Glacier National Park (continued)

Moved to a new site

I had to change sites from Loop A to Loop B as A sites were all reserved for the next few days.  I decided to stay an additional 2 days to get to see more of Glacier’s beauty.  I had to wait until the people in the site I had reserved had left before I could move over there.  I then drove the car over and walked back to the rig, then drove the rig over and got all settled in.

Later on I drove over to the Discovery Cabin across from the Apgar Visitors Center just inside the West Glacier entrance.  It was a small cabin that contained a lot of interesting items.  They had many of the skulls of different animals within the park.  I found this display showing a variety of antlers of many animals.


They also had a full coat of both the black bear and the grizzly bear to show you the difference between the two.  You could see the claws up close.  What a difference!  The grizzly claws were huge compared to the black bear.  I sure would not want to run into one of those guys.

I also heard a very educational talk on Glaciers by the ranger outside of the Discovery Cabin.  What I found very interesting was that there were 150 glaciers when Glacier became a national park back in 1910.  Today there are only 26 glaciers in the park and the ranger said that in 7 years there would be 0 glaciers.  Whether you believe in “Global Warming” or not it is hard to justify what is occurring in Glacier National Park.

Lake MacDonald Lodge and Falls

The next day I traveled to the other end of Lake MacDonald to the Lake MacDonald Lodge.  It was really a beautiful setting.



The lobby was fantastically beautiful.



This was taken standing on the pier in front of the lodge.


Then I traveled further to the Lake MacDonald Falls.  What a mass of rushing water.




Avalanche Creek Campground

Then my adventure took me to the Avalanche Creek Campground.  This was the end of the trail as the park was closed off at this point until they get the snow plowed.  The campground was closed for camping but actually became a big parking lot for all the hikers.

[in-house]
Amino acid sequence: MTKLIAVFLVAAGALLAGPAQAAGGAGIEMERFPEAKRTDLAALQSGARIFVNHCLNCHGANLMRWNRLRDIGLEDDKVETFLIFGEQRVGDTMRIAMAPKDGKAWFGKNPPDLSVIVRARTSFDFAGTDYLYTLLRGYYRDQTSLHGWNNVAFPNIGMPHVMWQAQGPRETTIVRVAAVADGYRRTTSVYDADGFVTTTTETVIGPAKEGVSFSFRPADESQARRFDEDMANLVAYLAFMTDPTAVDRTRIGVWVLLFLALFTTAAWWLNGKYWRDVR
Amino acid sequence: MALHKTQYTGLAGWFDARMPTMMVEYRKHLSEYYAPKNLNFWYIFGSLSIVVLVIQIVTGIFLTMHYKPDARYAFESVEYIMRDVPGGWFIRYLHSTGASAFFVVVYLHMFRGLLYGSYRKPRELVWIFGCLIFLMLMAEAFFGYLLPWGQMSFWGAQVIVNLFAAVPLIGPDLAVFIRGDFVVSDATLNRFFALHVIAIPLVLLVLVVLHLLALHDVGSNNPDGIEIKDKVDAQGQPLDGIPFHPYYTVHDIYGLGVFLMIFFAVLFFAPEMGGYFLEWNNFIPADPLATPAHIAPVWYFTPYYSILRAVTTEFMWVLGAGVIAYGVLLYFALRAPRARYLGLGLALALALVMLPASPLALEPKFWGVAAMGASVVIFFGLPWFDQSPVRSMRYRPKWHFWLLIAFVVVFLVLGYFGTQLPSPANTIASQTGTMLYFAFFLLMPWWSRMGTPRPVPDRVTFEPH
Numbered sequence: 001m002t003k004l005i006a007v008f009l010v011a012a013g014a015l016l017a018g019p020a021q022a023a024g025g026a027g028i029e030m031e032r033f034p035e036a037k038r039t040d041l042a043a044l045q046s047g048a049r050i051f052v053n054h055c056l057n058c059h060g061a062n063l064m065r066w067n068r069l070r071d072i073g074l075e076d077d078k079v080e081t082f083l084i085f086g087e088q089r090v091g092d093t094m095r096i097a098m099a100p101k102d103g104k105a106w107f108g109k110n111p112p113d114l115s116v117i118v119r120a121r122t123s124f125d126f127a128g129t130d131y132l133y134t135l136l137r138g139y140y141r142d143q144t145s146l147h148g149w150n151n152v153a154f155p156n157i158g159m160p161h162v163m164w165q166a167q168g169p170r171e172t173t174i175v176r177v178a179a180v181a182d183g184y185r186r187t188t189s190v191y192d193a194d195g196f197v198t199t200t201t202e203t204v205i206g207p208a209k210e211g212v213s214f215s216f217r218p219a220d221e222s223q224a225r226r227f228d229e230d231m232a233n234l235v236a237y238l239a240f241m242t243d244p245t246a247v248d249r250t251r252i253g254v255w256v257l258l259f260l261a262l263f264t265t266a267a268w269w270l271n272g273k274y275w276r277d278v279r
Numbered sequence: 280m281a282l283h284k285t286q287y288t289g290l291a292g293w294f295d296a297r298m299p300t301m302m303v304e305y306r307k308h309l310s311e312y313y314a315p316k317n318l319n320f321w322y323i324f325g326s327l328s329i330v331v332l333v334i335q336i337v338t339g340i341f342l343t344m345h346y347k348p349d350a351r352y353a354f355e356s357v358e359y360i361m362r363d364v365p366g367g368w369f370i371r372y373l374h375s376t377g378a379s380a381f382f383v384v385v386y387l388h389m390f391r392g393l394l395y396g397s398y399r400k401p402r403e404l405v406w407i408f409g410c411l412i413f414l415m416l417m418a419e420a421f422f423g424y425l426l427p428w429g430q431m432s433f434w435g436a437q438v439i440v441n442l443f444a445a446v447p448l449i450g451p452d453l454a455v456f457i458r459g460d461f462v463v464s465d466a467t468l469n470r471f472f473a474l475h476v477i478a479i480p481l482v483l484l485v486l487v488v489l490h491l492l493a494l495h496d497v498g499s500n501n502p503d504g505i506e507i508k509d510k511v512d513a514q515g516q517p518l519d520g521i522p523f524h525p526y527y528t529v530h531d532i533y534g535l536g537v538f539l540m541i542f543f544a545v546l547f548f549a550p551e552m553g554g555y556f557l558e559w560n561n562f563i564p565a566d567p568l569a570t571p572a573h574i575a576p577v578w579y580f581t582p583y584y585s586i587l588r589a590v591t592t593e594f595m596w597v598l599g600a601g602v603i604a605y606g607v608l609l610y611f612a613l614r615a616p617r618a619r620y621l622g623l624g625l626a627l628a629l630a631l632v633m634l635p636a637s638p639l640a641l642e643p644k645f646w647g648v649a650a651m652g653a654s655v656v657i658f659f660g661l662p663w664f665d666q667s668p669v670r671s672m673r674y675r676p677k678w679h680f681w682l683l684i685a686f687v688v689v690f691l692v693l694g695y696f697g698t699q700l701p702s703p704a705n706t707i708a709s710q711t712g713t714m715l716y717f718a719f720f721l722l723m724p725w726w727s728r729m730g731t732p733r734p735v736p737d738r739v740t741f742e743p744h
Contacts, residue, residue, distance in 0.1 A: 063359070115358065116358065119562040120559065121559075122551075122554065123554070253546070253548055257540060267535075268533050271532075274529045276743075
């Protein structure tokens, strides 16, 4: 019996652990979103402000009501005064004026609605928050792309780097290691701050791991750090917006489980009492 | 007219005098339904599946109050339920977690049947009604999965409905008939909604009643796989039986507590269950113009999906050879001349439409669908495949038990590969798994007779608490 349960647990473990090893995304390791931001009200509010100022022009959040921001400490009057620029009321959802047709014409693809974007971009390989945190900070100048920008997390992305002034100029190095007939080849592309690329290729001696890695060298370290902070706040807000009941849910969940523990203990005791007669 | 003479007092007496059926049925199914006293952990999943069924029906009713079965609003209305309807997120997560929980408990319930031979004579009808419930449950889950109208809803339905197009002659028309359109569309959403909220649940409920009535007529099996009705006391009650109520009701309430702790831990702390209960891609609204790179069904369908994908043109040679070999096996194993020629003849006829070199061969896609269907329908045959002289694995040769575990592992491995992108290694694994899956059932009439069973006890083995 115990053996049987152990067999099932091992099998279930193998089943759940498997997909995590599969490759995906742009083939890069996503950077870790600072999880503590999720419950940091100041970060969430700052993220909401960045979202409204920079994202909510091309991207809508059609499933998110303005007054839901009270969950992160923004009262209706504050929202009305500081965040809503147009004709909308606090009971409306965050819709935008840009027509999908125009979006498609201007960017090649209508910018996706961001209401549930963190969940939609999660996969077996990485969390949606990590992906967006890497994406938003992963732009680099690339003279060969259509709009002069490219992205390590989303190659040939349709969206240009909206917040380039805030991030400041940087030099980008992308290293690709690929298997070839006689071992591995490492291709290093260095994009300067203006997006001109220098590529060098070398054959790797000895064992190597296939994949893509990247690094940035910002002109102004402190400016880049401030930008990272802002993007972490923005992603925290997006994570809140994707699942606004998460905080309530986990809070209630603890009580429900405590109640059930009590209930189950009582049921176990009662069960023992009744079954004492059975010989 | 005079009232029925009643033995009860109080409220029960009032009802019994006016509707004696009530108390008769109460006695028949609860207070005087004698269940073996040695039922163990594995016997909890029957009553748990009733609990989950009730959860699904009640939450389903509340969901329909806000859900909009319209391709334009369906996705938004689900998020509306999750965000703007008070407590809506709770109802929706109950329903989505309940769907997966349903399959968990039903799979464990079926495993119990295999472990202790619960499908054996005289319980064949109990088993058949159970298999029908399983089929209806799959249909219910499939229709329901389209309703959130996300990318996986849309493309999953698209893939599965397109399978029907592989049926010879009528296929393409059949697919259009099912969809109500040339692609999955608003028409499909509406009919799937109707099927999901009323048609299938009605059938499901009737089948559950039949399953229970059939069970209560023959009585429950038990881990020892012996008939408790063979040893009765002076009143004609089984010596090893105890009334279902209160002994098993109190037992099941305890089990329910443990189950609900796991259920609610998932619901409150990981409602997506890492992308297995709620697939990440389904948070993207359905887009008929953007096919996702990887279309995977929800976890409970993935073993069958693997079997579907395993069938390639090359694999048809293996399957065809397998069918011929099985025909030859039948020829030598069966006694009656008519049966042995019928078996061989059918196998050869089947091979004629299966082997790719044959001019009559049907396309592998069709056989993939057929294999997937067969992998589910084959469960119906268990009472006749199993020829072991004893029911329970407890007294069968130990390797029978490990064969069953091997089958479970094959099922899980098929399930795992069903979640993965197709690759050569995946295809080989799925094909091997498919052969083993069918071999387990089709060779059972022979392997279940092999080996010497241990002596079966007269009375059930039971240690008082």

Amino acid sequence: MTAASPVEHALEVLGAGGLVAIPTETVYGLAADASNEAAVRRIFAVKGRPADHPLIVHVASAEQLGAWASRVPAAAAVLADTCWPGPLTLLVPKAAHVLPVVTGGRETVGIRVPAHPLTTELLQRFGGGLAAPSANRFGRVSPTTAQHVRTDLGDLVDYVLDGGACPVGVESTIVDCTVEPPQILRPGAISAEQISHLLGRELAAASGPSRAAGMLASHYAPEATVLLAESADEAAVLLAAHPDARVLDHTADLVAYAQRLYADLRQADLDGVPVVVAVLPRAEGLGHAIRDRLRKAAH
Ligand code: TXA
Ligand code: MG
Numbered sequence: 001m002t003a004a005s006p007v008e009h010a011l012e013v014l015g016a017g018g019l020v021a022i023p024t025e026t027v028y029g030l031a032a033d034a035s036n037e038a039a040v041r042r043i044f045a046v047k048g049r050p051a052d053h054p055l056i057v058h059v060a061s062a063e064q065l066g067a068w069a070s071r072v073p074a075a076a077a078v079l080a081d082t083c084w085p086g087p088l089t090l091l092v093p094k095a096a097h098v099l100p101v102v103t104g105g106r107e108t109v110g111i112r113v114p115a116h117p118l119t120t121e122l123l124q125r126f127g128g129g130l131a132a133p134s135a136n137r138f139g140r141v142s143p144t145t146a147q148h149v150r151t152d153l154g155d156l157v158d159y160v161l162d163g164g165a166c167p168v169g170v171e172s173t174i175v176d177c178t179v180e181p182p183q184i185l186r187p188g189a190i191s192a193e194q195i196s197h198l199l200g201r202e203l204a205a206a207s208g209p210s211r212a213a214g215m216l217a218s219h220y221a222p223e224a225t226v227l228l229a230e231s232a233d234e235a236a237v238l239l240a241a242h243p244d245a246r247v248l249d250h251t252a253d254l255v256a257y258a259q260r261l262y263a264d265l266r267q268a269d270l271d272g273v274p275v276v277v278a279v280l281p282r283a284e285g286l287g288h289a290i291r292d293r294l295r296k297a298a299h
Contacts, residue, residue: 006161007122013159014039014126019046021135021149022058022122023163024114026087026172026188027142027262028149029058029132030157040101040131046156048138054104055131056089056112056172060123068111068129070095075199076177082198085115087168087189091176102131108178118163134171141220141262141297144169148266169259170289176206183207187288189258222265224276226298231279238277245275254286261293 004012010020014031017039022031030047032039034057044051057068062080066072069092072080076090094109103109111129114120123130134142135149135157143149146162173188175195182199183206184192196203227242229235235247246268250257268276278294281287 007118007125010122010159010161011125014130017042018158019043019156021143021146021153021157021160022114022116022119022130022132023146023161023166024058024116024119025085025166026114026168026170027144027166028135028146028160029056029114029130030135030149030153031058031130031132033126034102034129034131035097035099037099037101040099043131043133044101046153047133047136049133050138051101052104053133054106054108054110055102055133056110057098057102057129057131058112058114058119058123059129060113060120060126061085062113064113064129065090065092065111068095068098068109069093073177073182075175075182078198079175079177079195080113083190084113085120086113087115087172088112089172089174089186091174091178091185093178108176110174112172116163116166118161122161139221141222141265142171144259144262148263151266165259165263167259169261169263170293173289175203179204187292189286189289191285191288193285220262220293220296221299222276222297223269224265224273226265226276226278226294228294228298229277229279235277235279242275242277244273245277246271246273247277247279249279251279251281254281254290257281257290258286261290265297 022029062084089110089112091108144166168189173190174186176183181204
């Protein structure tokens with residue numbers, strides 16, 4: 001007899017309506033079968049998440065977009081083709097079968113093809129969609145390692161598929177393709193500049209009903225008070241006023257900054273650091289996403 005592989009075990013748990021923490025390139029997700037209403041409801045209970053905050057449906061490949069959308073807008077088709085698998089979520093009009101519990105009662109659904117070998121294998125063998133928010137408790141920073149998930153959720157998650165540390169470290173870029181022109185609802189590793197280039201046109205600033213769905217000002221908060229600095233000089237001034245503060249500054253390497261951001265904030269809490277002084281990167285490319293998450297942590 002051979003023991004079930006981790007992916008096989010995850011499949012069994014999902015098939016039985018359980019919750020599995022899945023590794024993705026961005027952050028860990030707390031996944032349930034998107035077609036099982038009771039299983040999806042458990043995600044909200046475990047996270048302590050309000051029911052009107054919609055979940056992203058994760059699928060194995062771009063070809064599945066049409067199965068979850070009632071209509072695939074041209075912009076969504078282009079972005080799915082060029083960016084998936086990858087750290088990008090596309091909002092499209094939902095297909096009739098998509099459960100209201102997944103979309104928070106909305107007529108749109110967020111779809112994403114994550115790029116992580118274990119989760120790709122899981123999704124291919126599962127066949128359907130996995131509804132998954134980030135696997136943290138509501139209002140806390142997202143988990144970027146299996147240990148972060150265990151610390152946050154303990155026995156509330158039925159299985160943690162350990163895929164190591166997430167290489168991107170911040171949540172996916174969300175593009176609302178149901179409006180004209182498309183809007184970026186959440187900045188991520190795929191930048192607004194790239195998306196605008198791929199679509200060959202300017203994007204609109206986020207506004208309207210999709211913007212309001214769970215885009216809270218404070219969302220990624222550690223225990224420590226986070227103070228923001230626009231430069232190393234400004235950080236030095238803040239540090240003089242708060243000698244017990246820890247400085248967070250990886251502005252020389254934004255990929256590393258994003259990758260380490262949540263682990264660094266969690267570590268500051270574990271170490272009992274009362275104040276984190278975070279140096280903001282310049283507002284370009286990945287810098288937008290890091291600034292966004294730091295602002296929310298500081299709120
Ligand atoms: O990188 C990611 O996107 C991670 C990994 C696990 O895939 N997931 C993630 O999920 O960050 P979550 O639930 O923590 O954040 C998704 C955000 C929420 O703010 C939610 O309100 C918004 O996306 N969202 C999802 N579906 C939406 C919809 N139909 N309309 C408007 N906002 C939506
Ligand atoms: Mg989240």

This picture does not really do this justice as it looks much more fantastic in person.  It is just up the road from Avalanche Creek Campground.





Trail of the Cedars

Then I took the “Trail of the Cedars” hike.  It was a short hike (.8 mile), but takes you through a very deep cedar forest.  It is really beautiful.





On my return trip to my campsite I took these pics of Lake MacDonald.



It was a great day visiting just a few of the attractions of Glacier National Park.  The ranger in the Discovery Cabin told me that I should return after July 1 when all the roads are open.  She suggested the Logan Pass Trolley that takes you to many scenic spots.  You can also get off for pics and hiking and get on the next trolley.  I am not sure I will be in the area at that time, but for those of you who mentioned they were coming to the park around that time, I would highly recommend it.

No to slow Internet

It has taken me a while to upload this post.  I am in a spot where there is no Internet so I went into the town and my Millenicom WiFi was extremely slow.  So I am now in a McDonald’s using their fast WiFi.  I will be posting more in a couple of days regarding my present location.

Dinosaur Provincial Park

Dinosaur Provincial Park

We drove 166 miles to stay at our next spot.  The day started out with a light shower but ended with beautiful sunshine.  Our destination was the Dinosaur Provincial Park about 45km from the small town of Brooks, AB.

 Most of us arrived about 1:00pm and waited in their parking lot.  We were told we could not go into the camping area until 2:00pm, when the other campers were supposed to leave.   At 2:00pm we all caravanned into the group camping area we were assigned, but unfortunately the previous campers had not left.  In fact they weren’t even ready to leave.

We called the ranger and he notified them that they were supposed to leave.  It took us another hour for them to leave and us to finally get settled in.  If any of you are planning on staying at an Alberta Provincial Park I would suggest that you not even get there until 4:00pm.

 I have a beautiful site with lots of sun for the solar panels and the Badlands in the distance.


Chica and I were napping in the afternoon when Linda came pounding on the door telling me to come out and check something out.  It was John and he was on a very high spot overlooking our campground.  I hurriedly grabbed my camera and we both hiked up to meet John.  This was our view from up there.


This is the plateau we were on.


And this is a pic of the river.


Coulee Viewpoint Trail

The trail we were hiking is called the Coulee Viewpoint Trail.  It is only .9km long, but climbs to ridge tops with beautiful views.  We even saw some hoodoos.


Since it was late in the day we decided to come back in the morning and hike the remainder of the trail.  Again we had spectacular views.





Here is a pic of the river as it winds it’s way through the campground.



Hiking among beautiful rock formations.

The rock formations were really great!